Oct 09 2008
Rich and I talked about electronic voting earlier this week on the podcast and it’s something I’ve never been a big fan of. But Wired’s story on the voting issues Palm Beach Florida had in their judicial election race quite frankly scares the snot out of me! In nearly half a dozen recounts, Sequoia’s optical scanning machines couldn’t return the same results two times in a row. Even when Palm Beach purchased newer optical scanners, testing showed that two machines sitting side by side even had a hard time returning the same results. Quite frankly, electronic voting machines, whether their Sequoia’s or Diebold (whatever there name is now) or any of the other manufacuter’s, can’t be trusted. Especially not with the Presidentail election right around the corner.
Even if you ‘ve never been interested in electronic voting, you need to take a look at Wired’s story. These are the machines that will decide the election. I used to be concerned with the fact that many of these machines run on Windows CE or a variation thereof and how easily they could be hacked. But if a machine can’t even get an accurate count with the best of intentions and support, how can we trust them to count our votes?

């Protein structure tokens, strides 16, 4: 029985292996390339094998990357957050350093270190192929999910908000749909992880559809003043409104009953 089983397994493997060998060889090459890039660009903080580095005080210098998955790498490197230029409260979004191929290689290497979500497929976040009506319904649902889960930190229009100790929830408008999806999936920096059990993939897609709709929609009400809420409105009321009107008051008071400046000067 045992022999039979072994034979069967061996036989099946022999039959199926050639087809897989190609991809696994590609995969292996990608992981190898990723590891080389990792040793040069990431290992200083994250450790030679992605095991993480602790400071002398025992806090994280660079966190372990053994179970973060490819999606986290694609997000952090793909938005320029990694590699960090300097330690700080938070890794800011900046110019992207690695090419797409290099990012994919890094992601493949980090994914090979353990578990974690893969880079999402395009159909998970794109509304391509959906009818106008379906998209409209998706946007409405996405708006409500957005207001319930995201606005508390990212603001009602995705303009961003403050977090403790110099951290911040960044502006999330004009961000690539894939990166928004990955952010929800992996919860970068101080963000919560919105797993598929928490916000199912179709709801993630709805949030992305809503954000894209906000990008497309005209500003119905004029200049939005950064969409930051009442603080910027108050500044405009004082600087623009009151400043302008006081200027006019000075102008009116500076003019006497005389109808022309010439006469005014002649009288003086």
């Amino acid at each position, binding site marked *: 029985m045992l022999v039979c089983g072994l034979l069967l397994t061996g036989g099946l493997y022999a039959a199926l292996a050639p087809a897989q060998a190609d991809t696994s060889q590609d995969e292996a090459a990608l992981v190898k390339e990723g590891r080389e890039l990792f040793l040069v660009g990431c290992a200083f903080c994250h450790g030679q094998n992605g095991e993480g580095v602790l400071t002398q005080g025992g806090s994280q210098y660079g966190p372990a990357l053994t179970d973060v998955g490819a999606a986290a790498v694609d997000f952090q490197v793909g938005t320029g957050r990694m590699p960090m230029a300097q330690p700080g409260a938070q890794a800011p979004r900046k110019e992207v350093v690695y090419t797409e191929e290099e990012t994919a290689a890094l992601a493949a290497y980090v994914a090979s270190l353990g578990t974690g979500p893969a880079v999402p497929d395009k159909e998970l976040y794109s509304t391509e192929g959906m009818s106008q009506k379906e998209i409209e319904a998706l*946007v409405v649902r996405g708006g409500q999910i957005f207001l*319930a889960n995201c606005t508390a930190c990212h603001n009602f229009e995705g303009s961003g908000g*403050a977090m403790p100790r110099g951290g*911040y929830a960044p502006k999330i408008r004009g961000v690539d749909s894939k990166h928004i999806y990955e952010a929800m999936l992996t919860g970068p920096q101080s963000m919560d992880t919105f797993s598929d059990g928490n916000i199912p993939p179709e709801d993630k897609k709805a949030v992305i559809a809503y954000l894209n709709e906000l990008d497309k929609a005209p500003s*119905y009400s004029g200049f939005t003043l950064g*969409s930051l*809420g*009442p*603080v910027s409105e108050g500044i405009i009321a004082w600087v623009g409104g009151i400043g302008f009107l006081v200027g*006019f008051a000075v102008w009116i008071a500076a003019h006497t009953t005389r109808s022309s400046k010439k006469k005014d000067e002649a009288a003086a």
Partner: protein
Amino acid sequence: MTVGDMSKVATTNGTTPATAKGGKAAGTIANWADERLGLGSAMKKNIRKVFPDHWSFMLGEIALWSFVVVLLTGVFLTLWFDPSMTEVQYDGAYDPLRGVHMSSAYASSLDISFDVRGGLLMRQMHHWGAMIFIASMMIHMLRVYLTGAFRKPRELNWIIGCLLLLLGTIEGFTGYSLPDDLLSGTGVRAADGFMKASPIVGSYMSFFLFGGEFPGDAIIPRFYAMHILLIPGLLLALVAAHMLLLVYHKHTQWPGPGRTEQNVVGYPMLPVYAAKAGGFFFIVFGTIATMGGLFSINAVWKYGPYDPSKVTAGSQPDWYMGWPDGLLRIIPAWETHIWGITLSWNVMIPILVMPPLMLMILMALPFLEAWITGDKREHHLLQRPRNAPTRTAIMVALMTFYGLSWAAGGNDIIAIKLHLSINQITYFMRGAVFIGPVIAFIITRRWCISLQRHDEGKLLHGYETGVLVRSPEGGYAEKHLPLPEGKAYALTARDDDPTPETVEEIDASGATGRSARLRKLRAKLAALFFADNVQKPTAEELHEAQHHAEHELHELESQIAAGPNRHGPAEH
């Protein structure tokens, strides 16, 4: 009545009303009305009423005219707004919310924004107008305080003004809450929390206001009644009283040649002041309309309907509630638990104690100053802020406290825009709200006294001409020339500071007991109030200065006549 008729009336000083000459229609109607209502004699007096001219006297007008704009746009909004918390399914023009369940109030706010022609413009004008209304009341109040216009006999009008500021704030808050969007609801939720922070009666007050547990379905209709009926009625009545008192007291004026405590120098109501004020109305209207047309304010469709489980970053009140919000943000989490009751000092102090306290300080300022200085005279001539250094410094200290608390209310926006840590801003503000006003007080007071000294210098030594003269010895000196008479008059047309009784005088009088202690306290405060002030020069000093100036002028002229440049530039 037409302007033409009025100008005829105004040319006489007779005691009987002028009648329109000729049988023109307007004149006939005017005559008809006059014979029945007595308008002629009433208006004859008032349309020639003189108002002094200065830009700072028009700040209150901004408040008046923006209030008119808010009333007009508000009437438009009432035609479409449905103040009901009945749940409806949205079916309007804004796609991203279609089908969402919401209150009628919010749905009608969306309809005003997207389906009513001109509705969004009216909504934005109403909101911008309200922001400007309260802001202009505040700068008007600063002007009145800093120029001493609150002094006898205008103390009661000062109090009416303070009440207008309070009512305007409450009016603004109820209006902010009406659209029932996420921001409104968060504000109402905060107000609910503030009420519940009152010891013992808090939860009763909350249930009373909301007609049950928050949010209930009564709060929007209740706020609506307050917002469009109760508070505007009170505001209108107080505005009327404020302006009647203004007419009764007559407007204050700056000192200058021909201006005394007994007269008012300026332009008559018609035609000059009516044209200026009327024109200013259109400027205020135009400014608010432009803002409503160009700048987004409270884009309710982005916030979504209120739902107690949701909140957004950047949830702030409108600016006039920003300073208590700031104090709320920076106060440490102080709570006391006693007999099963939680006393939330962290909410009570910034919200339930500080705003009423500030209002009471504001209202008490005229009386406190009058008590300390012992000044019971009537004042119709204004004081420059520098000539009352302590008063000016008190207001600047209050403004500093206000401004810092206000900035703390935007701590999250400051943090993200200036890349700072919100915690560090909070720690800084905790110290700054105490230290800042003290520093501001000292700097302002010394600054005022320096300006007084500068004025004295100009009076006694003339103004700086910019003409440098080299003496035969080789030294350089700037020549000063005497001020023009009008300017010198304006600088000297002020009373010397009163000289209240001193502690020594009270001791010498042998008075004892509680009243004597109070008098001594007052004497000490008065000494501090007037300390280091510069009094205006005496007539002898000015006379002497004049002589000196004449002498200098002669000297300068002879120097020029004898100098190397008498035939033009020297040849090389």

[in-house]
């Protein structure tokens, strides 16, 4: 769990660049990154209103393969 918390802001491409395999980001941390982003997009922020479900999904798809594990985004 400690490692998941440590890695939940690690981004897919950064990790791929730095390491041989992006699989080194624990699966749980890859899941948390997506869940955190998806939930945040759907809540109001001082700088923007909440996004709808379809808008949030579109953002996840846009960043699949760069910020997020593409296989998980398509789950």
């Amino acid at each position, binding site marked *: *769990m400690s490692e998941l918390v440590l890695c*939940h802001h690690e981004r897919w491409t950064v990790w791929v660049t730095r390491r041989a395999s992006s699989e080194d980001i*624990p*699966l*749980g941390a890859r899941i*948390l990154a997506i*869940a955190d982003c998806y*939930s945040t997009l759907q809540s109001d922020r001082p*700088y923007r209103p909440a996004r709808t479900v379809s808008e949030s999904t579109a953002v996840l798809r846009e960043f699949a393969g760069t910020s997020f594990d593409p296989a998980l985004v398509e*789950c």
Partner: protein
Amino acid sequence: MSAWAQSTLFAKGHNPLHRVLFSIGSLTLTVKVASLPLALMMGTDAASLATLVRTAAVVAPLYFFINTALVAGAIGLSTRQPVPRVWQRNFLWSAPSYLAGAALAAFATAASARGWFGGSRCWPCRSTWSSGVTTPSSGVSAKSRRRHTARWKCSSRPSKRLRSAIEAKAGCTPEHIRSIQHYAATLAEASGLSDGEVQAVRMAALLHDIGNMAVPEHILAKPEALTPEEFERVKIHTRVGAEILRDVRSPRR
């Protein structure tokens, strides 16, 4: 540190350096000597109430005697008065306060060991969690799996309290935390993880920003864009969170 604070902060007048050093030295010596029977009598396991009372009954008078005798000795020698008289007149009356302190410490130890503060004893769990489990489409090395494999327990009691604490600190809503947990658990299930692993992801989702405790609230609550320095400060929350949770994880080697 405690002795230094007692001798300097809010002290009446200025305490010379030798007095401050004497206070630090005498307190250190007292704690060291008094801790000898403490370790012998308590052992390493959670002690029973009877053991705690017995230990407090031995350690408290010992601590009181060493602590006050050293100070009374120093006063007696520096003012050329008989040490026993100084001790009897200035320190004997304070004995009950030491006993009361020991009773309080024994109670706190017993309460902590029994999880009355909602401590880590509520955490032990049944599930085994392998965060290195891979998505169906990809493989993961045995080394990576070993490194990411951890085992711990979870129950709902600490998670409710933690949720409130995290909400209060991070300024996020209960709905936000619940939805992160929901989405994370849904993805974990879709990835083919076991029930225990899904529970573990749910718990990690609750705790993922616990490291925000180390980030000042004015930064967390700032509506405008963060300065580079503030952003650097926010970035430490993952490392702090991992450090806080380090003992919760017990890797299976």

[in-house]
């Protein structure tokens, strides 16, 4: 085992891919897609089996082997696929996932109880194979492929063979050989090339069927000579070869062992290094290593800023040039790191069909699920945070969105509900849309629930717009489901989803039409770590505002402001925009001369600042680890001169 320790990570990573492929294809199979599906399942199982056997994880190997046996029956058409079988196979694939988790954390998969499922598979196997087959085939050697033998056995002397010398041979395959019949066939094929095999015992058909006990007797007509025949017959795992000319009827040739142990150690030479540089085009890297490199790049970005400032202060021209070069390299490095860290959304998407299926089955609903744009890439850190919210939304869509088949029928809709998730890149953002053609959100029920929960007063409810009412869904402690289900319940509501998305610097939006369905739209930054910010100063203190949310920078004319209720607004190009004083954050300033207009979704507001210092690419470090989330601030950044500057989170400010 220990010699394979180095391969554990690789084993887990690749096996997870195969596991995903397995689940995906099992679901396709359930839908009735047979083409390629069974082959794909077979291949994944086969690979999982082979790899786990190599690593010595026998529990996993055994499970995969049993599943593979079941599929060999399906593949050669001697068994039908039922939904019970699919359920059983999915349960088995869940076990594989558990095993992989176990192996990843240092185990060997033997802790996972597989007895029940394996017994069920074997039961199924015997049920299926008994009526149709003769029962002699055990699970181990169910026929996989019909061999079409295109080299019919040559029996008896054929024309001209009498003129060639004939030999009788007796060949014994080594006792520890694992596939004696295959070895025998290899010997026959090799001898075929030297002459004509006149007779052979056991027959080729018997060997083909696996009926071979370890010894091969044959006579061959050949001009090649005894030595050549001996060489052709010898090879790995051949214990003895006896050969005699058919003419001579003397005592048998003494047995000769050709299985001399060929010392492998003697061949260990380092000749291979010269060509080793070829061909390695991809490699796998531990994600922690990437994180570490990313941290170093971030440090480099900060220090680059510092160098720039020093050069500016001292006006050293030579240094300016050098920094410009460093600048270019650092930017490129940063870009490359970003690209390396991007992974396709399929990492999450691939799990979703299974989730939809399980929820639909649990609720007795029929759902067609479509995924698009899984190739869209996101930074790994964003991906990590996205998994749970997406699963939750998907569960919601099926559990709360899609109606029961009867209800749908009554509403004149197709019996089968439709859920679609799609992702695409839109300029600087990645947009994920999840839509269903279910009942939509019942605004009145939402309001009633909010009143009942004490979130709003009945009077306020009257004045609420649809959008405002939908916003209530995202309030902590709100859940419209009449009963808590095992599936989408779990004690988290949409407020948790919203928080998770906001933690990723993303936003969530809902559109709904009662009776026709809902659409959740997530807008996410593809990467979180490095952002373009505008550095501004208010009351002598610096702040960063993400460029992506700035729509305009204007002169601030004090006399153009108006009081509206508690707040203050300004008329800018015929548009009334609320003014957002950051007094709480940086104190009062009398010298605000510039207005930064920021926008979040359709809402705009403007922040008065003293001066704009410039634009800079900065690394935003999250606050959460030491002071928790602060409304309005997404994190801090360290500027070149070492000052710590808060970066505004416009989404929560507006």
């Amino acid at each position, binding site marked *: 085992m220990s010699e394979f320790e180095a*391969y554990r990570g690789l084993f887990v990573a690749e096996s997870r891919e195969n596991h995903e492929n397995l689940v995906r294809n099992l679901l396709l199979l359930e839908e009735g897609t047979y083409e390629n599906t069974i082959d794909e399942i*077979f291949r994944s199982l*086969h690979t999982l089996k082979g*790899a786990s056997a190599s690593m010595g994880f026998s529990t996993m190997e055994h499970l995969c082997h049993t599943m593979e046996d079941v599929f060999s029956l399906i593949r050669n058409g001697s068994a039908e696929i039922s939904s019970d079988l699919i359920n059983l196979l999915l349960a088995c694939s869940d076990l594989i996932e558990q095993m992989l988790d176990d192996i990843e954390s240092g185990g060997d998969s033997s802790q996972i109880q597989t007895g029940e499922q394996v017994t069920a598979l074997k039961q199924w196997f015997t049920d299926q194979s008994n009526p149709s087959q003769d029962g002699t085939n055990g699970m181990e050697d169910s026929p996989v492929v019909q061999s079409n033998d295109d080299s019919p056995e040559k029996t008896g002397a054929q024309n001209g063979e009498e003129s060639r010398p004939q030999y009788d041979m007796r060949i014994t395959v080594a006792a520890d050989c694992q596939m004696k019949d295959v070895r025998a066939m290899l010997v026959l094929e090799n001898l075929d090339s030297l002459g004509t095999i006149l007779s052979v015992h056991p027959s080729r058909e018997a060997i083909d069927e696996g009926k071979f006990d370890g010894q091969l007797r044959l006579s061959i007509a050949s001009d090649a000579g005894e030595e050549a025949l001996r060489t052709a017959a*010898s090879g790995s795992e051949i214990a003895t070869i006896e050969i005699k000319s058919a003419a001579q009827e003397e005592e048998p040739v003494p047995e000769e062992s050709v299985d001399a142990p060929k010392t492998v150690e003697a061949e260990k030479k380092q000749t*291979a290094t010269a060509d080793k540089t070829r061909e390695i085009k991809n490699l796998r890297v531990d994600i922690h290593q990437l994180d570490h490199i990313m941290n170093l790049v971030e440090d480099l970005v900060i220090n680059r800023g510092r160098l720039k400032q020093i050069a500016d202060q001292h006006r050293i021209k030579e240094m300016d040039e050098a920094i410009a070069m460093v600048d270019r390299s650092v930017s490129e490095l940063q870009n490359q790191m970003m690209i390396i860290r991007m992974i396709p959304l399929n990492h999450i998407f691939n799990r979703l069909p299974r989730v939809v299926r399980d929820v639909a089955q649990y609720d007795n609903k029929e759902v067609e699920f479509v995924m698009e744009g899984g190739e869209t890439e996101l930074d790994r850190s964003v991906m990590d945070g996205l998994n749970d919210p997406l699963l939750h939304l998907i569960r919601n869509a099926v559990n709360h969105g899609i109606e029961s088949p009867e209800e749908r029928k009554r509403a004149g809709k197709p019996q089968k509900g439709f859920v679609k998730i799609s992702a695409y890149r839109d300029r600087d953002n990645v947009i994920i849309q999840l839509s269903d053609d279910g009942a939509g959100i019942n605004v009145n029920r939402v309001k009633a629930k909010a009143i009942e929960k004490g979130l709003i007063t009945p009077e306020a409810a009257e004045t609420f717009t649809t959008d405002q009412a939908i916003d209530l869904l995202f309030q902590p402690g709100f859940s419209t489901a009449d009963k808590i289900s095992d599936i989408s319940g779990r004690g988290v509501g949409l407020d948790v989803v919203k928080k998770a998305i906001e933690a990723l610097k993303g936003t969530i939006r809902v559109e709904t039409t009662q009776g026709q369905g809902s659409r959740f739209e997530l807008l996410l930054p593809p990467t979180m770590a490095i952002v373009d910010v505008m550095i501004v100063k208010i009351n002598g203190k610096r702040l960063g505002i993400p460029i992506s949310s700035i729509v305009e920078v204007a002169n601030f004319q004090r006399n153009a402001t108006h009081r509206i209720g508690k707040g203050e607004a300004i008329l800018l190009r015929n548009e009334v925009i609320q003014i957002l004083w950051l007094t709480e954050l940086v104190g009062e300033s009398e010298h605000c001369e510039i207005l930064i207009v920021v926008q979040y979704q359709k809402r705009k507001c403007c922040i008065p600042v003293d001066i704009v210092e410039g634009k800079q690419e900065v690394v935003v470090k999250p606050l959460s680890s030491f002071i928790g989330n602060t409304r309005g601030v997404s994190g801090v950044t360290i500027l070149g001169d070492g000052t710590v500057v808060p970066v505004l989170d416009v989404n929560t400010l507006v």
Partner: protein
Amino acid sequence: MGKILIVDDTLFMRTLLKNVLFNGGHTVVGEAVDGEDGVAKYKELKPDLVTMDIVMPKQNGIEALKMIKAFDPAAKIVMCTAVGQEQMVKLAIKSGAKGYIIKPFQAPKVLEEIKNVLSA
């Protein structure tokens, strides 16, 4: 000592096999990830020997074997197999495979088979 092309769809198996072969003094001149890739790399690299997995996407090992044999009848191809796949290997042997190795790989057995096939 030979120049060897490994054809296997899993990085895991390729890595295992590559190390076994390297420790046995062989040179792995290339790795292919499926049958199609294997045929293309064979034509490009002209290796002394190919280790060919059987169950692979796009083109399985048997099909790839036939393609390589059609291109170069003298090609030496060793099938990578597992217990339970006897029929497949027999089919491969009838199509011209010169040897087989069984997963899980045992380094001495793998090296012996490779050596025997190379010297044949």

The worst part about this fiasco is the way all of the voting machine companies spend more time bashing the people critical of their machines than they do trying to fix the problems. We’ve had machines in our schools for decades that will read a scantron sheet almost flawless, so why can’t Sequoia even get that part of the equation right? Even if we don’t take the security of the machines into account, you can’t ignore the fact that the large amount of errors these machines are showing could make the Gore/Bush election look like child’s play. Imagine how much a 1-2% error rate could swing the whole election. Can you imagine either of the candidates just letting that go by? I can’t and even worse would be if one of the candidates actually had a legitimate complaint and there were a large number of miscounted ballots.
There’s no doubt, we will have an all electronic election some day. But we’re so far from ready right now; not a single one of the e-voting companies has proven their worthy of being the custodian of our votes. They can’t count accurately, they can’t secure the machines, and they can’t be trusted. But they will be anyways, by election officials who don’t know any better or don’t care.
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